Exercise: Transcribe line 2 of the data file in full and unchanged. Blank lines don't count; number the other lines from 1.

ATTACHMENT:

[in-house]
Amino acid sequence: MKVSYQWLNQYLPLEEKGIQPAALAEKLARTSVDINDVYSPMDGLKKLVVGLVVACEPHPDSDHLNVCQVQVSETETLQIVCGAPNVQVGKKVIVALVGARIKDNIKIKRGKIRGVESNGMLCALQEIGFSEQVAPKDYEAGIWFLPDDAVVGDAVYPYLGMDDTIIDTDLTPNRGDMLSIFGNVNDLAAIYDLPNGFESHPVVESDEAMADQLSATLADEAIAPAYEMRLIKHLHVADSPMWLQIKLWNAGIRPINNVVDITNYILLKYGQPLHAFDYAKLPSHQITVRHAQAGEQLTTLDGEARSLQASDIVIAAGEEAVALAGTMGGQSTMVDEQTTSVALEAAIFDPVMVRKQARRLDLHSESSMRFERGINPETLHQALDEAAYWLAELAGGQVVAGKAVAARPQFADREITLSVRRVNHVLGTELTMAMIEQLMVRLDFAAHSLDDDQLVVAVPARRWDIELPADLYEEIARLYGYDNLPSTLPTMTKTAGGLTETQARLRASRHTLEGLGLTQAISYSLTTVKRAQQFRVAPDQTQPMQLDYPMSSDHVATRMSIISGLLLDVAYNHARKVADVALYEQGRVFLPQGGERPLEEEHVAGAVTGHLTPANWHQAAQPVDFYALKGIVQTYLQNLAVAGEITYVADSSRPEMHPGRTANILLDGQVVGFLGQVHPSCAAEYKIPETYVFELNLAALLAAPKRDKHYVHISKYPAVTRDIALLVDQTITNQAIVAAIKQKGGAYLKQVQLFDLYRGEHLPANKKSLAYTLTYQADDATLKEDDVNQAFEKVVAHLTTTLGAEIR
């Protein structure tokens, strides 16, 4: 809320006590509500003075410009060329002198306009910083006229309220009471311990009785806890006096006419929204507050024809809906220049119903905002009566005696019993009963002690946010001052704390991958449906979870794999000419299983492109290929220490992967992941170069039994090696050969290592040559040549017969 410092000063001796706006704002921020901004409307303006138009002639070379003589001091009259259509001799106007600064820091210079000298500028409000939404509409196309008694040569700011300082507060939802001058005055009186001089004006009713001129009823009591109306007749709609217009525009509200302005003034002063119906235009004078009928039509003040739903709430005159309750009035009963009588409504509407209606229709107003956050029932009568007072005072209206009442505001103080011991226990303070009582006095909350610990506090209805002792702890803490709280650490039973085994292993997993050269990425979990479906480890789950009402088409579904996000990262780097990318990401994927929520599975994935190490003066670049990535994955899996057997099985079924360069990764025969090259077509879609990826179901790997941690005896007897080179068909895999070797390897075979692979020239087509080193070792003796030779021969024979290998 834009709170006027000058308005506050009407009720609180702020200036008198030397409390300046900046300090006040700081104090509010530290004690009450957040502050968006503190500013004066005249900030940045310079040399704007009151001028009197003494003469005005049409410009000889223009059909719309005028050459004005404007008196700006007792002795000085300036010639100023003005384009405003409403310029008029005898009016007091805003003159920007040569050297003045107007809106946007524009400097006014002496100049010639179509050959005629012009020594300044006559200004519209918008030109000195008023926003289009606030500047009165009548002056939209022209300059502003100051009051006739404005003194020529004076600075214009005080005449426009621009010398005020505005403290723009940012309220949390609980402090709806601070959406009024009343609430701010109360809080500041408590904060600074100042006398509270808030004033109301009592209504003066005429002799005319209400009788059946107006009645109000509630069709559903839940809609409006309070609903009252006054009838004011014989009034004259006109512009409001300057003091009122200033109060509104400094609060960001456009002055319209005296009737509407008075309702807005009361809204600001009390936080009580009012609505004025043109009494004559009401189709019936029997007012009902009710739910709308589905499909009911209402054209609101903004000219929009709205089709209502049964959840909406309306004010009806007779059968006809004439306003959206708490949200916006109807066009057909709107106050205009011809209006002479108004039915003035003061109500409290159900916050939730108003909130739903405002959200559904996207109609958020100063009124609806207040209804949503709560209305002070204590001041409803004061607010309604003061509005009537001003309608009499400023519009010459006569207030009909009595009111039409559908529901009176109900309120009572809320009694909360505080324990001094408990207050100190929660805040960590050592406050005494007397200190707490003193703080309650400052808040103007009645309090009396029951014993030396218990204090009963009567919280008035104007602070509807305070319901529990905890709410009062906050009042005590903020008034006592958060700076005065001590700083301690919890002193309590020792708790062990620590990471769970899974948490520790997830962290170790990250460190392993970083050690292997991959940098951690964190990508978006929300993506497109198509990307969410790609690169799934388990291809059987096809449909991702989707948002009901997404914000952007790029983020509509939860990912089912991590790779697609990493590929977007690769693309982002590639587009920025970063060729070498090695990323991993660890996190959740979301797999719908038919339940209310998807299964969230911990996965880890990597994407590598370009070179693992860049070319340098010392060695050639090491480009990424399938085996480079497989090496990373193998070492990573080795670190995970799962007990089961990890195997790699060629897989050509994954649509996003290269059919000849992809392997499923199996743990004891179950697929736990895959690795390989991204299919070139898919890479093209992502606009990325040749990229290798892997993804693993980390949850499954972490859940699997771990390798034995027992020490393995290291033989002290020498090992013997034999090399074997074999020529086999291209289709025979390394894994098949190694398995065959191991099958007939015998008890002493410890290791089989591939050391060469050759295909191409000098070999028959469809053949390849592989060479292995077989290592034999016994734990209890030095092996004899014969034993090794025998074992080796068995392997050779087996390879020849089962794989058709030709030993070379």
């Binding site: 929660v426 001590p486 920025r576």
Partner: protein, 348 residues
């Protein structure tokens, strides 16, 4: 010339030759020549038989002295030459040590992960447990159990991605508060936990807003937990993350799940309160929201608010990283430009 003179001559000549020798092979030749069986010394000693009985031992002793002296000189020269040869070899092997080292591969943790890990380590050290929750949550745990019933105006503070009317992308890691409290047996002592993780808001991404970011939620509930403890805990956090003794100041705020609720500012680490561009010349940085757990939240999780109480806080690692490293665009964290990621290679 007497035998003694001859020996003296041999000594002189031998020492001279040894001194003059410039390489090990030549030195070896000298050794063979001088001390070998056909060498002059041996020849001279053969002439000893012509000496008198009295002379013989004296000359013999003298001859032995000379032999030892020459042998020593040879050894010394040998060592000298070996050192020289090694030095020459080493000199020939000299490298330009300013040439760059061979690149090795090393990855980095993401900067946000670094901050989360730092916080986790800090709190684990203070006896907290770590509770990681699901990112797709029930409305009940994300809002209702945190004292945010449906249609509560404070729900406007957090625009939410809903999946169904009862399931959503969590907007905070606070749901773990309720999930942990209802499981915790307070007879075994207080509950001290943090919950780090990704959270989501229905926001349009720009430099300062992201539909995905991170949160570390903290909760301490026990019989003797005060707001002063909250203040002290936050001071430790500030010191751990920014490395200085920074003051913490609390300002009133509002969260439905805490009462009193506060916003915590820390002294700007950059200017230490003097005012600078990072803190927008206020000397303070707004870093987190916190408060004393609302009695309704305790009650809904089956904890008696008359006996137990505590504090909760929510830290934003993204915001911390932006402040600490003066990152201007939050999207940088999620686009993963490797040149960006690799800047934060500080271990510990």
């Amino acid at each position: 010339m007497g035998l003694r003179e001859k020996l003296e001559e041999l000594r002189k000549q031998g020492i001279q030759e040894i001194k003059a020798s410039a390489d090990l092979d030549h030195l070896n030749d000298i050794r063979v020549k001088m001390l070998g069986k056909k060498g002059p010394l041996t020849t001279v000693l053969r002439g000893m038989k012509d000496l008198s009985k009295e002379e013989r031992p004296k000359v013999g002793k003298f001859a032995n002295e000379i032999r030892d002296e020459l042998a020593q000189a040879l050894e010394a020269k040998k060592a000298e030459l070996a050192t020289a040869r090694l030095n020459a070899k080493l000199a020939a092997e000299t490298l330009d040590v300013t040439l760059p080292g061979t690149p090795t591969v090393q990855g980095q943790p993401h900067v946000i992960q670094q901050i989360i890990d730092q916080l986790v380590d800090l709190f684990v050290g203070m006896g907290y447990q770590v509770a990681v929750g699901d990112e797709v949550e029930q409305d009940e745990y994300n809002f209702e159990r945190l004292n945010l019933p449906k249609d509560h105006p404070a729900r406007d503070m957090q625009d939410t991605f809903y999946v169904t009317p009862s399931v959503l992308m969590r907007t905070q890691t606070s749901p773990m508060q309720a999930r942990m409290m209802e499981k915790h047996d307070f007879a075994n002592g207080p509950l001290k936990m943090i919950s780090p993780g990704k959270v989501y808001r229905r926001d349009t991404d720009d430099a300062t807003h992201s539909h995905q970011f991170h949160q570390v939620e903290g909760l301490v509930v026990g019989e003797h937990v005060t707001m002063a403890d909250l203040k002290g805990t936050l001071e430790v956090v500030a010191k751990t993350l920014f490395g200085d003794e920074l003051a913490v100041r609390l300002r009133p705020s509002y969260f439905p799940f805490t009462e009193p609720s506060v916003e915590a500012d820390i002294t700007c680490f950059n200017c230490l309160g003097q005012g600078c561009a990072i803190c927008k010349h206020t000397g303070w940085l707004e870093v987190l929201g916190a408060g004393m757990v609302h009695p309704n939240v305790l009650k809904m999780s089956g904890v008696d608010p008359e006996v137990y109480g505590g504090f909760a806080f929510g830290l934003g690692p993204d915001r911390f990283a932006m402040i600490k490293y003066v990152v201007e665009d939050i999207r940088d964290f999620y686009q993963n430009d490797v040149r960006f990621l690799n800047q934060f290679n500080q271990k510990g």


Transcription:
Amino acid sequence: MKVSYQWLNQYLPLEEKGIQPAALAEKLARTSVDINDVYSPMDGLKKLVVGLVVACEPHPDSDHLNVCQVQVSETETLQIVCGAPNVQVGKKVIVALVGARIKDNIKIKRGKIRGVESNGMLCALQEIGFSEQVAPKDYEAGIWFLPDDAVVGDAVYPYLGMDDTIIDTDLTPNRGDMLSIFGNVNDLAAIYDLPNGFESHPVVESDEAMADQLSATLADEAIAPAYEMRLIKHLHVADSPMWLQIKLWNAGIRPINNVVDITNYILLKYGQPLHAFDYAKLPSHQITVRHAQAGEQLTTLDGEARSLQASDIVIAAGEEAVALAGTMGGQSTMVDEQTTSVALEAAIFDPVMVRKQARRLDLHSESSMRFERGINPETLHQALDEAAYWLAELAGGQVVAGKAVAARPQFADREITLSVRRVNHVLGTELTMAMIEQLMVRLDFAAHSLDDDQLVVAVPARRWDIELPADLYEEIARLYGYDNLPSTLPTMTKTAGGLTETQARLRASRHTLEGLGLTQAISYSLTTVKRAQQFRVAPDQTQPMQLDYPMSSDHVATRMSIISGLLLDVAYNHARKVADVALYEQGRVFLPQGGERPLEEEHVAGAVTGHLTPANWHQAAQPVDFYALKGIVQTYLQNLAVAGEITYVADSSRPEMHPGRTANILLDGQVVGFLGQVHPSCAAEYKIPETYVFELNLAALLAAPKRDKHYVHISKYPAVTRDIALLVDQTITNQAIVAAIKQKGGAYLKQVQLFDLYRGEHLPANKKSLAYTLTYQADDATLKEDDVNQAFEKVVAHLTTTLGAEIR